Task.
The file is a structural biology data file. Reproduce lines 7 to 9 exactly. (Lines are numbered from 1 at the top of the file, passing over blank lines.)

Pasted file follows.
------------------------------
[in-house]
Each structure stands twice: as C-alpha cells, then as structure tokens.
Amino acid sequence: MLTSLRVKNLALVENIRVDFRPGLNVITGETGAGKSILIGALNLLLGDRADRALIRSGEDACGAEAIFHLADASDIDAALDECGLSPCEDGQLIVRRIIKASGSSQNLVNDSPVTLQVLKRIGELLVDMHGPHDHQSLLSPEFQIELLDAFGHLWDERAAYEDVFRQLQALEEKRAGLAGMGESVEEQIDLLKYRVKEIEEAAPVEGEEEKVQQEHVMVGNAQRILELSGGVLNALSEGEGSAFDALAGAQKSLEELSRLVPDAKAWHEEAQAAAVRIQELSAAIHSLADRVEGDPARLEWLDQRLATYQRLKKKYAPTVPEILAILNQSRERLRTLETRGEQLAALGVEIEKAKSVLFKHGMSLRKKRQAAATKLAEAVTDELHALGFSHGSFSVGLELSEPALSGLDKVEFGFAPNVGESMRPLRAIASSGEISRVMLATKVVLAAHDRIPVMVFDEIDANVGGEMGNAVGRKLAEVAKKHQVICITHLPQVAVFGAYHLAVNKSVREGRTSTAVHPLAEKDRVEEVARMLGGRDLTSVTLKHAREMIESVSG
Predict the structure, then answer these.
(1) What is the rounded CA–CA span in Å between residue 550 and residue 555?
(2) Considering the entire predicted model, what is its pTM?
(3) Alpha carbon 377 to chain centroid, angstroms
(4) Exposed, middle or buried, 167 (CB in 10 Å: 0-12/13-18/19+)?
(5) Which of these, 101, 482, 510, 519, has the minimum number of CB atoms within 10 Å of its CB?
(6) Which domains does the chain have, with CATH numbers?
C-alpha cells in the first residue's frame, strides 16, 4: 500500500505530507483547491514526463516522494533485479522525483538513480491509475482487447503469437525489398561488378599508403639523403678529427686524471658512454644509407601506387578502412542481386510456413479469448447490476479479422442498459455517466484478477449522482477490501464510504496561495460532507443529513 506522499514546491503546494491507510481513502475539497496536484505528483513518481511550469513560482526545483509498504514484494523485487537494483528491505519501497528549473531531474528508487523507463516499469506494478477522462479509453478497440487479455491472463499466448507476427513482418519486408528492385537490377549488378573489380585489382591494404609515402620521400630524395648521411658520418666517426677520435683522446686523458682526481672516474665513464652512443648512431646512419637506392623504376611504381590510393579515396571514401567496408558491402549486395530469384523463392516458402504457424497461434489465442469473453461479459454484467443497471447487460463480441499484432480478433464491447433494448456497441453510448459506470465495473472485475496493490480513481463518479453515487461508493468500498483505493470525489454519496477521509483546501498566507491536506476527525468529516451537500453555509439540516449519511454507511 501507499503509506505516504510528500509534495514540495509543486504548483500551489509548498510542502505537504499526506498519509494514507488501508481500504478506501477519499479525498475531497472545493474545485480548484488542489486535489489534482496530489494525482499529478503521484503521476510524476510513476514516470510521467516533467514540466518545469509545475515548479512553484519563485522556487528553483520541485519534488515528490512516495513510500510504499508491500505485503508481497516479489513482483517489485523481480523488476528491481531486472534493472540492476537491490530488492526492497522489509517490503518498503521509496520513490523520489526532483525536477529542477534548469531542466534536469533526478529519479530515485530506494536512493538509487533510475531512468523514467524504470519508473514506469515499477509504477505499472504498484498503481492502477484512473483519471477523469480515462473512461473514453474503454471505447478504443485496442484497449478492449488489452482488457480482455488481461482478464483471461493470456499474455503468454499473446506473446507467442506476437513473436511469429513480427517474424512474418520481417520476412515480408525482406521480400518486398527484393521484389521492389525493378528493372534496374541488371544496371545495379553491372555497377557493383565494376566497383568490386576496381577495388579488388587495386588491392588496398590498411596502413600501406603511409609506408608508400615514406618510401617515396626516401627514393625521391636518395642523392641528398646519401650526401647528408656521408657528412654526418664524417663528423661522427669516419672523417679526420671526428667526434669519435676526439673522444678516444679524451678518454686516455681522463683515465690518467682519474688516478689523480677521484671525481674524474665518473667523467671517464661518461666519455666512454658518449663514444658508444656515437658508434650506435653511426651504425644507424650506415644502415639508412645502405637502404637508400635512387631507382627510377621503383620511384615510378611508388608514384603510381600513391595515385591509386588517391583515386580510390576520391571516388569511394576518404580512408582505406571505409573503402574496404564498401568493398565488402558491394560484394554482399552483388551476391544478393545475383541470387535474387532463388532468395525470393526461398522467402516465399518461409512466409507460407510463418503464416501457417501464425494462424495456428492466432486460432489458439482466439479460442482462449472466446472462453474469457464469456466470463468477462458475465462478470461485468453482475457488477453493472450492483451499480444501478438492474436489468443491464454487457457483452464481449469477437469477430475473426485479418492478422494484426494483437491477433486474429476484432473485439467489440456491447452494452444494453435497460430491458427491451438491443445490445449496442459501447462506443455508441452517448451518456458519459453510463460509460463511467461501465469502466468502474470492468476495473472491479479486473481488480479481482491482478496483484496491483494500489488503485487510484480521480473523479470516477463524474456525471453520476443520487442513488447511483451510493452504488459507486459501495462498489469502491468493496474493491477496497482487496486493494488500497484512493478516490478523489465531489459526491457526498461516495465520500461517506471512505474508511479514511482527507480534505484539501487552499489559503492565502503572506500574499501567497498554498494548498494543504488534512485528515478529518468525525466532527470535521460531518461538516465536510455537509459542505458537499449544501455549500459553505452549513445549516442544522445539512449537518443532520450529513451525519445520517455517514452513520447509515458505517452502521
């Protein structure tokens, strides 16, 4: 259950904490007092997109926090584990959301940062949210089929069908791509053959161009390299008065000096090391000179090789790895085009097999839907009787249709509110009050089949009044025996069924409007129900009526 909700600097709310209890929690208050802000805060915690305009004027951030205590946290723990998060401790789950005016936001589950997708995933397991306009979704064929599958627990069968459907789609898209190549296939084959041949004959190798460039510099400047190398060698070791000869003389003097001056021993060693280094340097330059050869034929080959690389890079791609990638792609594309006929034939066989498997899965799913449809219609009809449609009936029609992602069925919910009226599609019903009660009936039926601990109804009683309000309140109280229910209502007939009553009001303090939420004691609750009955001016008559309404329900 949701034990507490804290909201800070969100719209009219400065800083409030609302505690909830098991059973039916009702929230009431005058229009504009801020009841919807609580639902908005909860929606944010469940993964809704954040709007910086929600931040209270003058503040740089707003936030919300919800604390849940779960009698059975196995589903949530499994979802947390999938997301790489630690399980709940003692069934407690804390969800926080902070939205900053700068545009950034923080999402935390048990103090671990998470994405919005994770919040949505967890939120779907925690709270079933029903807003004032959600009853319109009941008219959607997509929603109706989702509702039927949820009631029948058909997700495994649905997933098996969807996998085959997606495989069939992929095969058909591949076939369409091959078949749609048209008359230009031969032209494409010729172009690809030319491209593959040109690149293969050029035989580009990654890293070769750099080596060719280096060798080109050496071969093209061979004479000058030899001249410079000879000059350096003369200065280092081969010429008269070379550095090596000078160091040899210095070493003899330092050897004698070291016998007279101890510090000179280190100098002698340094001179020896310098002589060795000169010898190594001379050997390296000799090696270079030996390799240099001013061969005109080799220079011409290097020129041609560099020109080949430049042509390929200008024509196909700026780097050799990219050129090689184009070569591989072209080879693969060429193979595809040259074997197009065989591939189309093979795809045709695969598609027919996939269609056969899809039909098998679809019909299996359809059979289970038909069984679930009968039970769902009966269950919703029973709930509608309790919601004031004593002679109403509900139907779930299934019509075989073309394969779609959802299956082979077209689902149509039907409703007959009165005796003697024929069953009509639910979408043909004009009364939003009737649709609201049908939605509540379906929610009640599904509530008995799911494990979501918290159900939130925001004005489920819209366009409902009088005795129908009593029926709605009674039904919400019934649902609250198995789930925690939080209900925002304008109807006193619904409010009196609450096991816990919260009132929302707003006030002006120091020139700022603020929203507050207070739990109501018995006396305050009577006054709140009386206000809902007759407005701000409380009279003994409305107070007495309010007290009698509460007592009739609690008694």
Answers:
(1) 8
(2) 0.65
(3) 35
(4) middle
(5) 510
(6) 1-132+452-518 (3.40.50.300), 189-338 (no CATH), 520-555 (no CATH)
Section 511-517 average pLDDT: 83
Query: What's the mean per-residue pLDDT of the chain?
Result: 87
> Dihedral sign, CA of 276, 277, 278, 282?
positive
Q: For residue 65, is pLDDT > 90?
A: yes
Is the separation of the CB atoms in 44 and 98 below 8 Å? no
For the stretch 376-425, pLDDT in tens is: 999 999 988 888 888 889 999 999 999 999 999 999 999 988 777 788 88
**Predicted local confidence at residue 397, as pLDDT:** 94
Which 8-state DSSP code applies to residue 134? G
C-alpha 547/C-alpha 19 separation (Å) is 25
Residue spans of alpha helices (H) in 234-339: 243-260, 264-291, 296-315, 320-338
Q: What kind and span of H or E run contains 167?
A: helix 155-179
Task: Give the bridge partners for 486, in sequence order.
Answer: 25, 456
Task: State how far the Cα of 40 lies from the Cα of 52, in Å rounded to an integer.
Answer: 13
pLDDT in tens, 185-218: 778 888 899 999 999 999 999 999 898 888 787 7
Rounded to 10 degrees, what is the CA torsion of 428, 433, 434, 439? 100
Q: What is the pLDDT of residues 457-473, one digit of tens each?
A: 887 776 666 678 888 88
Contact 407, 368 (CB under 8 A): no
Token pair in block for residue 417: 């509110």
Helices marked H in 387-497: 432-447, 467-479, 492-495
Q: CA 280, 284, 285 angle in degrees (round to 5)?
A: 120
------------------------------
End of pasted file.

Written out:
(3) Alpha carbon 377 to chain centroid, angstroms
(4) Exposed, middle or buried, 167 (CB in 10 Å: 0-12/13-18/19+)?
(5) Which of these, 101, 482, 510, 519, has the minimum number of CB atoms within 10 Å of its CB?